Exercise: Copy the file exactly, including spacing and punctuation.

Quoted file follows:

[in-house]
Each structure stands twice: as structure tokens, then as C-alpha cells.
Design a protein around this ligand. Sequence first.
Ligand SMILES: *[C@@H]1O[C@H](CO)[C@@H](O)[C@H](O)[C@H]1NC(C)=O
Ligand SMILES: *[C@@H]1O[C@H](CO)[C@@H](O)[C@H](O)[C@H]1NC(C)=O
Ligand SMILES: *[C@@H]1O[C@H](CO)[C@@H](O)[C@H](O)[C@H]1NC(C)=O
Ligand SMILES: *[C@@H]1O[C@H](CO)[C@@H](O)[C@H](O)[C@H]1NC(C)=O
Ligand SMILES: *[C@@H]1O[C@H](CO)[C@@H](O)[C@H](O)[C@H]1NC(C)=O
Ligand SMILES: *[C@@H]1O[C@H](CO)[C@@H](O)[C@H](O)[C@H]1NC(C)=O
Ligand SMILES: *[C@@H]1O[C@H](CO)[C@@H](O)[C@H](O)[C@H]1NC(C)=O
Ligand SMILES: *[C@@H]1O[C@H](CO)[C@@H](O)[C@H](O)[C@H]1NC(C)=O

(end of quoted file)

[in-house]
Each structure stands twice: as structure tokens, then as C-alpha cells.
Design a protein around this ligand. Sequence first.
Ligand SMILES: *[C@@H]1O[C@H](CO)[C@@H](O)[C@H](O)[C@H]1NC(C)=O
Ligand SMILES: *[C@@H]1O[C@H](CO)[C@@H](O)[C@H](O)[C@H]1NC(C)=O
Ligand SMILES: *[C@@H]1O[C@H](CO)[C@@H](O)[C@H](O)[C@H]1NC(C)=O
Ligand SMILES: *[C@@H]1O[C@H](CO)[C@@H](O)[C@H](O)[C@H]1NC(C)=O
Ligand SMILES: *[C@@H]1O[C@H](CO)[C@@H](O)[C@H](O)[C@H]1NC(C)=O
Ligand SMILES: *[C@@H]1O[C@H](CO)[C@@H](O)[C@H](O)[C@H]1NC(C)=O
Ligand SMILES: *[C@@H]1O[C@H](CO)[C@@H](O)[C@H](O)[C@H]1NC(C)=O
Ligand SMILES: *[C@@H]1O[C@H](CO)[C@@H](O)[C@H](O)[C@H]1NC(C)=O